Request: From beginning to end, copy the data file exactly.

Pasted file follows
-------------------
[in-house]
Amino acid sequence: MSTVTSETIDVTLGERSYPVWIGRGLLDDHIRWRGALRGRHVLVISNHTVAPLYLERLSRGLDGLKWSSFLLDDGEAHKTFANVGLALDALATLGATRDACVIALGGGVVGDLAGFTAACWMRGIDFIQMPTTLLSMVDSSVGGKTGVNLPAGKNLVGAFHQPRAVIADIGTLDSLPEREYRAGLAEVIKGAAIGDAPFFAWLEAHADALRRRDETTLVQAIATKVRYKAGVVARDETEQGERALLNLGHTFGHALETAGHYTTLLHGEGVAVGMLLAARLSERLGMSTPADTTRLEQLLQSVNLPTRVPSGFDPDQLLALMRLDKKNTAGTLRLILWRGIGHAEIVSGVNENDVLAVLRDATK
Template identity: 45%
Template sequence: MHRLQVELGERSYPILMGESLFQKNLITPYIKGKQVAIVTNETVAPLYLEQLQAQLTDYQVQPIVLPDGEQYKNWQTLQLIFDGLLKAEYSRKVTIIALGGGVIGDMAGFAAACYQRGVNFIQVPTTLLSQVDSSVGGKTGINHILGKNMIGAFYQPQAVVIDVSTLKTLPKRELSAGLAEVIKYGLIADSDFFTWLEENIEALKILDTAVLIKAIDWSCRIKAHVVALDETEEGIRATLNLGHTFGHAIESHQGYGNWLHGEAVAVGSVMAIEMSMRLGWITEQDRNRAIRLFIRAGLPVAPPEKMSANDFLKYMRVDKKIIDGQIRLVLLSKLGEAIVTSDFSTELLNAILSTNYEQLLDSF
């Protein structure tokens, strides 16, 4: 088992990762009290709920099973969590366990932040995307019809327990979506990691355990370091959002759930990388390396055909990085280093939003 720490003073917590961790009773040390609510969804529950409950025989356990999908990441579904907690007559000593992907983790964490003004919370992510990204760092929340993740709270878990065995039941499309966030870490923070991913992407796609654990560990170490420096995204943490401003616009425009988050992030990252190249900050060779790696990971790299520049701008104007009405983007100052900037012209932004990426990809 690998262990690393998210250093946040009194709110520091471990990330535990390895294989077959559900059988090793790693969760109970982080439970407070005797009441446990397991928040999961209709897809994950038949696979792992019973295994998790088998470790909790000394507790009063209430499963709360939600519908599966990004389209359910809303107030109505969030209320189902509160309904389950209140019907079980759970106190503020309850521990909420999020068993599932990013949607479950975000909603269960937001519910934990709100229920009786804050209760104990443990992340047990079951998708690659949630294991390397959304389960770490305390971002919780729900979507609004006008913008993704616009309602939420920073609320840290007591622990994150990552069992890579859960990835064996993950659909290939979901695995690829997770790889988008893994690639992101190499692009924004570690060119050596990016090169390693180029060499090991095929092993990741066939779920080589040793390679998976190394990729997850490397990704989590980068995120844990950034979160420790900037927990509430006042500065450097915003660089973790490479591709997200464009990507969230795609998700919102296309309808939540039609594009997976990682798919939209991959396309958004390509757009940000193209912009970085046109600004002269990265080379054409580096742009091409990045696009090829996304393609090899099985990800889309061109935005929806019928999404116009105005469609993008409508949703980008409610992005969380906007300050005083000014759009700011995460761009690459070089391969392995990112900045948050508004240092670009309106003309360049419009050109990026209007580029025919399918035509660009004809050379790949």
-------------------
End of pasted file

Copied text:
[in-house]
Amino acid sequence: MSTVTSETIDVTLGERSYPVWIGRGLLDDHIRWRGALRGRHVLVISNHTVAPLYLERLSRGLDGLKWSSFLLDDGEAHKTFANVGLALDALATLGATRDACVIALGGGVVGDLAGFTAACWMRGIDFIQMPTTLLSMVDSSVGGKTGVNLPAGKNLVGAFHQPRAVIADIGTLDSLPEREYRAGLAEVIKGAAIGDAPFFAWLEAHADALRRRDETTLVQAIATKVRYKAGVVARDETEQGERALLNLGHTFGHALETAGHYTTLLHGEGVAVGMLLAARLSERLGMSTPADTTRLEQLLQSVNLPTRVPSGFDPDQLLALMRLDKKNTAGTLRLILWRGIGHAEIVSGVNENDVLAVLRDATK
Template identity: 45%
Template sequence: MHRLQVELGERSYPILMGESLFQKNLITPYIKGKQVAIVTNETVAPLYLEQLQAQLTDYQVQPIVLPDGEQYKNWQTLQLIFDGLLKAEYSRKVTIIALGGGVIGDMAGFAAACYQRGVNFIQVPTTLLSQVDSSVGGKTGINHILGKNMIGAFYQPQAVVIDVSTLKTLPKRELSAGLAEVIKYGLIADSDFFTWLEENIEALKILDTAVLIKAIDWSCRIKAHVVALDETEEGIRATLNLGHTFGHAIESHQGYGNWLHGEAVAVGSVMAIEMSMRLGWITEQDRNRAIRLFIRAGLPVAPPEKMSANDFLKYMRVDKKIIDGQIRLVLLSKLGEAIVTSDFSTELLNAILSTNYEQLLDSF
């Protein structure tokens, strides 16, 4: 088992990762009290709920099973969590366990932040995307019809327990979506990691355990370091959002759930990388390396055909990085280093939003 720490003073917590961790009773040390609510969804529950409950025989356990999908990441579904907690007559000593992907983790964490003004919370992510990204760092929340993740709270878990065995039941499309966030870490923070991913992407796609654990560990170490420096995204943490401003616009425009988050992030990252190249900050060779790696990971790299520049701008104007009405983007100052900037012209932004990426990809 690998262990690393998210250093946040009194709110520091471990990330535990390895294989077959559900059988090793790693969760109970982080439970407070005797009441446990397991928040999961209709897809994950038949696979792992019973295994998790088998470790909790000394507790009063209430499963709360939600519908599966990004389209359910809303107030109505969030209320189902509160309904389950209140019907079980759970106190503020309850521990909420999020068993599932990013949607479950975000909603269960937001519910934990709100229920009786804050209760104990443990992340047990079951998708690659949630294991390397959304389960770490305390971002919780729900979507609004006008913008993704616009309602939420920073609320840290007591622990994150990552069992890579859960990835064996993950659909290939979901695995690829997770790889988008893994690639992101190499692009924004570690060119050596990016090169390693180029060499090991095929092993990741066939779920080589040793390679998976190394990729997850490397990704989590980068995120844990950034979160420790900037927990509430006042500065450097915003660089973790490479591709997200464009990507969230795609998700919102296309309808939540039609594009997976990682798919939209991959396309958004390509757009940000193209912009970085046109600004002269990265080379054409580096742009091409990045696009090829996304393609090899099985990800889309061109935005929806019928999404116009105005469609993008409508949703980008409610992005969380906007300050005083000014759009700011995460761009690459070089391969392995990112900045948050508004240092670009309106003309360049419009050109990026209007580029025919399918035509660009004809050379790949």